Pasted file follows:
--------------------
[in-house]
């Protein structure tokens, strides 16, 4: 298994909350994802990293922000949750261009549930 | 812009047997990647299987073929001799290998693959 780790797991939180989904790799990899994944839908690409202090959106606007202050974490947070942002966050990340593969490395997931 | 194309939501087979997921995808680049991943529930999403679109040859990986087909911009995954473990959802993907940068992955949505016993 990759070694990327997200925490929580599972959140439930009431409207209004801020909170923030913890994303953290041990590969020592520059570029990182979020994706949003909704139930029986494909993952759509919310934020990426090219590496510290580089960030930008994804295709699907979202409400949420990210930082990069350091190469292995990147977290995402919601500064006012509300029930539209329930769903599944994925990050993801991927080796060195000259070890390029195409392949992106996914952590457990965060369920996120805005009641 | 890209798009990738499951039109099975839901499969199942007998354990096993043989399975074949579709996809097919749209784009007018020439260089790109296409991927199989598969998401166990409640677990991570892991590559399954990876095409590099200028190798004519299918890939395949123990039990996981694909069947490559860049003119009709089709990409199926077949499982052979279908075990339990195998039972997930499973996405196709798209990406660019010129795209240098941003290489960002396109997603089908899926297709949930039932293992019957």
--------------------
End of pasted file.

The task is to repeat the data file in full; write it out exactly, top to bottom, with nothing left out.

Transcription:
[in-house]
């Protein structure tokens, strides 16, 4: 298994909350994802990293922000949750261009549930 | 812009047997990647299987073929001799290998693959 780790797991939180989904790799990899994944839908690409202090959106606007202050974490947070942002966050990340593969490395997931 | 194309939501087979997921995808680049991943529930999403679109040859990986087909911009995954473990959802993907940068992955949505016993 990759070694990327997200925490929580599972959140439930009431409207209004801020909170923030913890994303953290041990590969020592520059570029990182979020994706949003909704139930029986494909993952759509919310934020990426090219590496510290580089960030930008994804295709699907979202409400949420990210930082990069350091190469292995990147977290995402919601500064006012509300029930539209329930769903599944994925990050993801991927080796060195000259070890390029195409392949992106996914952590457990965060369920996120805005009641 | 890209798009990738499951039109099975839901499969199942007998354990096993043989399975074949579709996809097919749209784009007018020439260089790109296409991927199989598969998401166990409640677990991570892991590559399954990876095409590099200028190798004519299918890939395949123990039990996981694909069947490559860049003119009709089709990409199926077949499982052979279908075990339990195998039972997930499973996405196709798209990406660019010129795209240098941003290489960002396109997603089908899926297709949930039932293992019957």